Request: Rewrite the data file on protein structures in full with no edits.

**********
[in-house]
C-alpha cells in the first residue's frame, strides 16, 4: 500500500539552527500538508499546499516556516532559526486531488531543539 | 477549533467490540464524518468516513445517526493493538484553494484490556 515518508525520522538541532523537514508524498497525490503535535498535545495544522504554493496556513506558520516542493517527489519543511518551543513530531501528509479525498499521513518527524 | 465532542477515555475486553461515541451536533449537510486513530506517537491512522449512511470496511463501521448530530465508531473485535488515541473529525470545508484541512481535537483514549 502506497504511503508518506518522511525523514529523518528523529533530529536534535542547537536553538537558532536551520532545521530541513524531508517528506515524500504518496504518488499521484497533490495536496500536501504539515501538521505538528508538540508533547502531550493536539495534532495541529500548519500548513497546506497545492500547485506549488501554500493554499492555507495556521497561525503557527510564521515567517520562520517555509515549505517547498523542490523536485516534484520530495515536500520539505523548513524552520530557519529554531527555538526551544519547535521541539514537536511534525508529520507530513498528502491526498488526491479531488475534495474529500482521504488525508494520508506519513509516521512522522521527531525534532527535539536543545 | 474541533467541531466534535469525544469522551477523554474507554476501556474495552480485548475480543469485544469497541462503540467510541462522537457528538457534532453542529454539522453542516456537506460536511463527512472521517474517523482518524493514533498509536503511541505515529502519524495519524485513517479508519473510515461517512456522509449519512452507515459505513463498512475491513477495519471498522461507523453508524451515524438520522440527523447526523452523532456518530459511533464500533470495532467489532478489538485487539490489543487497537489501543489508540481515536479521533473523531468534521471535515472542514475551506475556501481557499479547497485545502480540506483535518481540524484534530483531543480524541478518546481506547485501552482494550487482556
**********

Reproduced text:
[in-house]
C-alpha cells in the first residue's frame, strides 16, 4: 500500500539552527500538508499546499516556516532559526486531488531543539 | 477549533467490540464524518468516513445517526493493538484553494484490556 515518508525520522538541532523537514508524498497525490503535535498535545495544522504554493496556513506558520516542493517527489519543511518551543513530531501528509479525498499521513518527524 | 465532542477515555475486553461515541451536533449537510486513530506517537491512522449512511470496511463501521448530530465508531473485535488515541473529525470545508484541512481535537483514549 502506497504511503508518506518522511525523514529523518528523529533530529536534535542547537536553538537558532536551520532545521530541513524531508517528506515524500504518496504518488499521484497533490495536496500536501504539515501538521505538528508538540508533547502531550493536539495534532495541529500548519500548513497546506497545492500547485506549488501554500493554499492555507495556521497561525503557527510564521515567517520562520517555509515549505517547498523542490523536485516534484520530495515536500520539505523548513524552520530557519529554531527555538526551544519547535521541539514537536511534525508529520507530513498528502491526498488526491479531488475534495474529500482521504488525508494520508506519513509516521512522522521527531525534532527535539536543545 | 474541533467541531466534535469525544469522551477523554474507554476501556474495552480485548475480543469485544469497541462503540467510541462522537457528538457534532453542529454539522453542516456537506460536511463527512472521517474517523482518524493514533498509536503511541505515529502519524495519524485513517479508519473510515461517512456522509449519512452507515459505513463498512475491513477495519471498522461507523453508524451515524438520522440527523447526523452523532456518530459511533464500533470495532467489532478489538485487539490489543487497537489501543489508540481515536479521533473523531468534521471535515472542514475551506475556501481557499479547497485545502480540506483535518481540524484534530483531543480524541478518546481506547485501552482494550487482556